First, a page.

The launch of the government's Youth Employment Service programme seems to have gone largely unnoticed. Picture: ISTOCK
The launch of the government's Youth Employment Service programme seems to have gone largely unnoticed. Picture: ISTOCK

President Cyril Ramaphosa’s tenure as president has been characterised by expectations of turning around SA’s fortunes and announcing a stimulus plan for the economy. This stimulus has to prioritise job creation and address youth unemployment.

In this regard it is a pity that the official implementation of the government’s Youth Employment Service (YES) programme on August 28 did not receive the required public attention, as it is directed at addressing some of the core causes of our present economic predicament.

In March this year, shortly after the inauguration of the president, the YES programme was announced to give impetus to much-anticipated job creation and the employment of youth in SA. YES is a joint initiative by the private sector and the government and it was widely reported that the president had been personally involved in tailoring and contouring the programme.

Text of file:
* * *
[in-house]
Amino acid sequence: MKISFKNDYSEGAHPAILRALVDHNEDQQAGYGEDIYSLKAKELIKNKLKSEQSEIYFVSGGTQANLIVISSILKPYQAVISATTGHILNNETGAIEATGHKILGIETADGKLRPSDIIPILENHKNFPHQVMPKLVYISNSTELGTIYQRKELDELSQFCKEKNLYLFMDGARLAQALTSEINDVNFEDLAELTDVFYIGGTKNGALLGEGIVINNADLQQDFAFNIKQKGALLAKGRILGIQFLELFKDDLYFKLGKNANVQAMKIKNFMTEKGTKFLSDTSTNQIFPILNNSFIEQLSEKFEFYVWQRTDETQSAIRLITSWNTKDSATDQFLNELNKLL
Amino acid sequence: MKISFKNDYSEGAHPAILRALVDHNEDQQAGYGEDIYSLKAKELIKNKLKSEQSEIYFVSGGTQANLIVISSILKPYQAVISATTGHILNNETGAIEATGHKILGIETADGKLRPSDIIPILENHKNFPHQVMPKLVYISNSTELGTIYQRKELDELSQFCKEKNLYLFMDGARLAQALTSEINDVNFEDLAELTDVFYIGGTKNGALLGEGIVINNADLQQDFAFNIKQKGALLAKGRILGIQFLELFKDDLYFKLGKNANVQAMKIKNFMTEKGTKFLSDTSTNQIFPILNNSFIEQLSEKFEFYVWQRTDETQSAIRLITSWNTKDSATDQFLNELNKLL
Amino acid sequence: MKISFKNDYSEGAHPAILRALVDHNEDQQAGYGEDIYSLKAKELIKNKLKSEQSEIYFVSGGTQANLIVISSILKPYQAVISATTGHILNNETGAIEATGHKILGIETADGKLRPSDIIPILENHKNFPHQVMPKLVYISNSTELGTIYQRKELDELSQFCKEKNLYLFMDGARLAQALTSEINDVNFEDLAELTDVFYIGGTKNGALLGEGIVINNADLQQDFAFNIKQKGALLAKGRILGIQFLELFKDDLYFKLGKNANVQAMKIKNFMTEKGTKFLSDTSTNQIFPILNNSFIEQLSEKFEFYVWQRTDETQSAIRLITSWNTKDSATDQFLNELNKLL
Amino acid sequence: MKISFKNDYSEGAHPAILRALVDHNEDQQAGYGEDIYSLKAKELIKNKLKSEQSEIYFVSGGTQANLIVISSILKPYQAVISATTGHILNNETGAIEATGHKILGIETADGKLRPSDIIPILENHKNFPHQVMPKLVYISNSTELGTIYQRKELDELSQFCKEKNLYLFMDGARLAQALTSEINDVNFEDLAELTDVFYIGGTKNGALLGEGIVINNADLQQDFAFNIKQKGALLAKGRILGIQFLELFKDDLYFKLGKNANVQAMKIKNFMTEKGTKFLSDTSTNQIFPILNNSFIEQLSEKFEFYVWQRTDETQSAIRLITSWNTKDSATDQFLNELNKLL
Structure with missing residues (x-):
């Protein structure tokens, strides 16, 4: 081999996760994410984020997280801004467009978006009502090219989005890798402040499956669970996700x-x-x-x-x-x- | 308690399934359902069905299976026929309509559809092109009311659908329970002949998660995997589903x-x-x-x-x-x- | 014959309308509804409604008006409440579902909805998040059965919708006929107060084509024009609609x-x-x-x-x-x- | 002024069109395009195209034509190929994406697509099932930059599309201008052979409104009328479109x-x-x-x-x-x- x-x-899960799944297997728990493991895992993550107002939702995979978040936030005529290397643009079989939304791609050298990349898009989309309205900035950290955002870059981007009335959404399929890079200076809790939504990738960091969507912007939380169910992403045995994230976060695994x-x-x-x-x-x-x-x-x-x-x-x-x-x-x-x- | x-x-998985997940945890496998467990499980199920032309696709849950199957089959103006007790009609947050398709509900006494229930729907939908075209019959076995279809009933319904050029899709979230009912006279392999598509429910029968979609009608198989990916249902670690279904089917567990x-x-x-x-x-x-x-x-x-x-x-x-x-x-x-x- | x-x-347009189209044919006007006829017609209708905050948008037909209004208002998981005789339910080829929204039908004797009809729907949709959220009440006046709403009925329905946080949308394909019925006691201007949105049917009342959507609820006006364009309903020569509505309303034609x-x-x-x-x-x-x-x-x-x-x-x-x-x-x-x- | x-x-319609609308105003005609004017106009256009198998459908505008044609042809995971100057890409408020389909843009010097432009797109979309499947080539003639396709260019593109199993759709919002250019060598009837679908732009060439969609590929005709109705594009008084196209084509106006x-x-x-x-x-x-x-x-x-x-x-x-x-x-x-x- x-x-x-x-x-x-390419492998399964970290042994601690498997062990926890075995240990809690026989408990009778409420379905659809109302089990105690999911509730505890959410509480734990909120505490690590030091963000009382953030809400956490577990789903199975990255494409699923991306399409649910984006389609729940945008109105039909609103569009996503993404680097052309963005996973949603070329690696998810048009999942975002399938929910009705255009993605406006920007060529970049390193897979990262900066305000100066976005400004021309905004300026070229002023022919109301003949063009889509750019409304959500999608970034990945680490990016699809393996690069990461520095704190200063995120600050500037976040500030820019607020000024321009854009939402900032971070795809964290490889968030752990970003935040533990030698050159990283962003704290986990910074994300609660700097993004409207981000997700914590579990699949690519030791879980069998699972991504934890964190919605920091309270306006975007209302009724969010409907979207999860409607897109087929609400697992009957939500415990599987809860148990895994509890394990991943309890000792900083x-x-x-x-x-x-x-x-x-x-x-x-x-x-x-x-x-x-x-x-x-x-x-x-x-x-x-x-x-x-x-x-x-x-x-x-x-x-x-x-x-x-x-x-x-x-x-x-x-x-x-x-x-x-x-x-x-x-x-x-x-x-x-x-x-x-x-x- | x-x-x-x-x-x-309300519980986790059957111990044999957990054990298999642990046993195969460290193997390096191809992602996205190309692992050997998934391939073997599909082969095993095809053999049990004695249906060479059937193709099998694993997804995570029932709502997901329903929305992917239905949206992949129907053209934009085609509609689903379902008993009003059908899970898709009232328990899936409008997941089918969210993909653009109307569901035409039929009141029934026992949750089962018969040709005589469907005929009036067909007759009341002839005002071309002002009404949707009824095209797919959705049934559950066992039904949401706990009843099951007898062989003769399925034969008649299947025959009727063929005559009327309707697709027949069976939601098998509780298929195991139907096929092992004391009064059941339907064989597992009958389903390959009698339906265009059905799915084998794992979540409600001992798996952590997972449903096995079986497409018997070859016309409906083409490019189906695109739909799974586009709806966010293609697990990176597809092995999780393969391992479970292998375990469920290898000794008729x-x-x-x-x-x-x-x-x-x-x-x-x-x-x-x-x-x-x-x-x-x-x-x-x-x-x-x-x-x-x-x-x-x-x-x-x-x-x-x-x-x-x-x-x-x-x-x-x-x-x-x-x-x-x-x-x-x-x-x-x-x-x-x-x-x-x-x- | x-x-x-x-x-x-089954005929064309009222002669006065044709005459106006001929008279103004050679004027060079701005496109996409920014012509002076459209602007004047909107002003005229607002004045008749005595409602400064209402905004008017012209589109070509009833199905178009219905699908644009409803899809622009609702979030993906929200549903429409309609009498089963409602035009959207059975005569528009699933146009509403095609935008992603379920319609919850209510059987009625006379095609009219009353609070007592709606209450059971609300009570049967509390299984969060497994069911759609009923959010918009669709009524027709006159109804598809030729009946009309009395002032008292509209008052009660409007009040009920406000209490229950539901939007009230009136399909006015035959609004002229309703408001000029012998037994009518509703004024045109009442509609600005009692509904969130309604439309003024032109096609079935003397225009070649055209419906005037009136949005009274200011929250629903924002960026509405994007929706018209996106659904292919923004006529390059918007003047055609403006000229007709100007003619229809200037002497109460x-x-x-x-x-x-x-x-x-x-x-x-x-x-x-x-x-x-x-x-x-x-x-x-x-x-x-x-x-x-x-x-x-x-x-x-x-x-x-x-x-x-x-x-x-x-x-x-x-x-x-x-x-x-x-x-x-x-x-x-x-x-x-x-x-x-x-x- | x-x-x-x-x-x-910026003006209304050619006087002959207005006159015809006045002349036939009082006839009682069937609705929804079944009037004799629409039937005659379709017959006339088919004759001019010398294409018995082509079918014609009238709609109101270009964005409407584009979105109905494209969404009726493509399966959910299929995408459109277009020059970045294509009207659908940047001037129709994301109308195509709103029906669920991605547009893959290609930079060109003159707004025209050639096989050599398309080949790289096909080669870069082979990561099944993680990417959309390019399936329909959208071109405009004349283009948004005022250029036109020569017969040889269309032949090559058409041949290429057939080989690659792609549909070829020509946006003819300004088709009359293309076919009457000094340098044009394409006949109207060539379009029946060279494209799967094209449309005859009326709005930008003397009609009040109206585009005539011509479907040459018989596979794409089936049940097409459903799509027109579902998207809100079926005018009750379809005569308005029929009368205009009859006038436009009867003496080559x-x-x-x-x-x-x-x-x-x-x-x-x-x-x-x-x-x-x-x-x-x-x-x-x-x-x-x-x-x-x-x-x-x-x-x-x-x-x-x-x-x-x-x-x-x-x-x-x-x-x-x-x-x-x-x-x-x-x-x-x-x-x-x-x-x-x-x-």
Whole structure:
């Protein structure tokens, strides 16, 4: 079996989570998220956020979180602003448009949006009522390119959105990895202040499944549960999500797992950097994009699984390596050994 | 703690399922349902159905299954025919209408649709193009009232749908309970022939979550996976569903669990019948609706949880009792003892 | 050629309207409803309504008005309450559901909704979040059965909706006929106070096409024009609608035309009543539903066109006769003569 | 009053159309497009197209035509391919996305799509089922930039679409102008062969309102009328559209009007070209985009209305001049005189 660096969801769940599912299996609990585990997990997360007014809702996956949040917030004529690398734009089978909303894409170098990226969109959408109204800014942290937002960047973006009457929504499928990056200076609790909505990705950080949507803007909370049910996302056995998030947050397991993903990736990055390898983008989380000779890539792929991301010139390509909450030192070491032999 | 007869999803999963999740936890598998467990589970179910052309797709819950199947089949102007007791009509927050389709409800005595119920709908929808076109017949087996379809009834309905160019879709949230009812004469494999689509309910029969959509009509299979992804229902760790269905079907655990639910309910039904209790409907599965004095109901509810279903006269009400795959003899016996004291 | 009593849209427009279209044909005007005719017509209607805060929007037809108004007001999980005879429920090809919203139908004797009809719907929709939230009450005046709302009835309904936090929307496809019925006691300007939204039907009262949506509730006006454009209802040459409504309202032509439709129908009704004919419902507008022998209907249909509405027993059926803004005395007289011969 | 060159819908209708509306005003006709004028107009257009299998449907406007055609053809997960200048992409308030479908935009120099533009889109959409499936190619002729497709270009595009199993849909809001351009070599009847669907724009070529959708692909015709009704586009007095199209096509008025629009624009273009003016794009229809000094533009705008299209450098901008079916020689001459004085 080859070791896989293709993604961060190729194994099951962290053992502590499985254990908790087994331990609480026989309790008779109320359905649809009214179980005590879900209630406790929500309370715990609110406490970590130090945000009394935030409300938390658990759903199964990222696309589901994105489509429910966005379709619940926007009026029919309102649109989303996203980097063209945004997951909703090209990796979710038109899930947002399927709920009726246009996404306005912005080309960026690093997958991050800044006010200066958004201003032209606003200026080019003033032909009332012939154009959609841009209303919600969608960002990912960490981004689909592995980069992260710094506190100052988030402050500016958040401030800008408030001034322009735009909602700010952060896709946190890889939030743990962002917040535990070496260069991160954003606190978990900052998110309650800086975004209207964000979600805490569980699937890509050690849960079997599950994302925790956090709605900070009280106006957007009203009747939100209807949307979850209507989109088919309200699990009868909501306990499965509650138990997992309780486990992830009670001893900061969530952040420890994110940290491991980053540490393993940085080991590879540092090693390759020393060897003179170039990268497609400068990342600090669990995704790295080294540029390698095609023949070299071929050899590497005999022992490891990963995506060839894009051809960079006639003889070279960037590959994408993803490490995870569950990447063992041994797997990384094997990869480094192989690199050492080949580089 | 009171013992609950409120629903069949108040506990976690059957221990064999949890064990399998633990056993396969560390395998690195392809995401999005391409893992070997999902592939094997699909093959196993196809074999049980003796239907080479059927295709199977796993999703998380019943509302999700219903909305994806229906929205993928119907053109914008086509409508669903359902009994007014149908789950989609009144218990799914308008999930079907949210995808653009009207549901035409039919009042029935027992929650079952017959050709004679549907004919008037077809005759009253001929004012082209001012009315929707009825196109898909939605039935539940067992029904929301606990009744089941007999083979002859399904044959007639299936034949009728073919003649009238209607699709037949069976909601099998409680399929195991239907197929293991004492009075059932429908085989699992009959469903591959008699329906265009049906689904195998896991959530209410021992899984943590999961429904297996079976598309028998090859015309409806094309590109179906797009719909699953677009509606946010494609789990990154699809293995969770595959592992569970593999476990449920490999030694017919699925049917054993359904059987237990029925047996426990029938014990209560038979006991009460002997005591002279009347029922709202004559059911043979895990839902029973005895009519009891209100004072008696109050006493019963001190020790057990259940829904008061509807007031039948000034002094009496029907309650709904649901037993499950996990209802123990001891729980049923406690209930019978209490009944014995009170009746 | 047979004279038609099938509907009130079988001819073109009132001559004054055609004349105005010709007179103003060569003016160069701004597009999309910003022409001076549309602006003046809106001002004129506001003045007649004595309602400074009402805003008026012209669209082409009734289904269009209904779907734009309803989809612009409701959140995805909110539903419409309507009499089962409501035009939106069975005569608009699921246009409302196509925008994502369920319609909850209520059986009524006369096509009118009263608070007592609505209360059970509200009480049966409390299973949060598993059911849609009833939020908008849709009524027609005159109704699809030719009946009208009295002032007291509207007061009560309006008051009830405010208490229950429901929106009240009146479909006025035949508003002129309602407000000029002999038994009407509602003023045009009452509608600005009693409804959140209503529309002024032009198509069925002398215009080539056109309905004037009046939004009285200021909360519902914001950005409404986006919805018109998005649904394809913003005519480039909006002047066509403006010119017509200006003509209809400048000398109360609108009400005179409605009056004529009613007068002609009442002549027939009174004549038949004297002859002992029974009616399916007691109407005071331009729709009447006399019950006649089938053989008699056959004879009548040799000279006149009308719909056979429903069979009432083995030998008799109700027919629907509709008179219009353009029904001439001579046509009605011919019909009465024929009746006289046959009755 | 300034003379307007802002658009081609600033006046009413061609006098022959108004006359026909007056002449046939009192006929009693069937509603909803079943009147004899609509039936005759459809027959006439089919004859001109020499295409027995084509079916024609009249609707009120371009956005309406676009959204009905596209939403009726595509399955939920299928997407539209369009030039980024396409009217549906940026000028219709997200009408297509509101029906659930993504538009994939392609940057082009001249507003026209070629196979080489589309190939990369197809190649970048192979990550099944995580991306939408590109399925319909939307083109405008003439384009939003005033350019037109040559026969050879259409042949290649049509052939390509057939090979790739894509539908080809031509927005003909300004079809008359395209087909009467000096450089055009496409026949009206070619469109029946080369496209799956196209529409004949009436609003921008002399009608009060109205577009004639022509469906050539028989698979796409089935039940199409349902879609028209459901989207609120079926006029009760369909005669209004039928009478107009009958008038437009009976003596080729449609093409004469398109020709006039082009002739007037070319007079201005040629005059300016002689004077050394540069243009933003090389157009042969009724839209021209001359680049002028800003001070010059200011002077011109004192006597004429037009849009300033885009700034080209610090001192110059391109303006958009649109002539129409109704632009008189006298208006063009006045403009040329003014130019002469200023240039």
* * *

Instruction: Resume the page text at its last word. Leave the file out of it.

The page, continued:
Five months later, the August 28 government gazette enacting the YES programme is good news, as it creates an ideal opportunity for scorecard entities and multinational enterprises to claw back recognition levels lost as a result of the new, more onerous broad-based BEE (B-BBEE) scorecard requirements introduced in 2015.

The main driver of the YES programme are the incentives participating enterprises will receive in terms of B-BBEE compliance levels. Participating enterprises can be enhanced up to two levels on their B-BBEE scorecards and certificates

The main driver of the YES programme are the incentives participating enterprises will receive in terms of B-BBEE compliance levels. Participating enterprises can be enhanced up to two levels on their B-BBEE scorecards and certificates. The programme was not immediately available for enterprises as the B-BBEE Codes had to be amended to make provision for their incorporation into the B-BBEE Codes of Good Practice.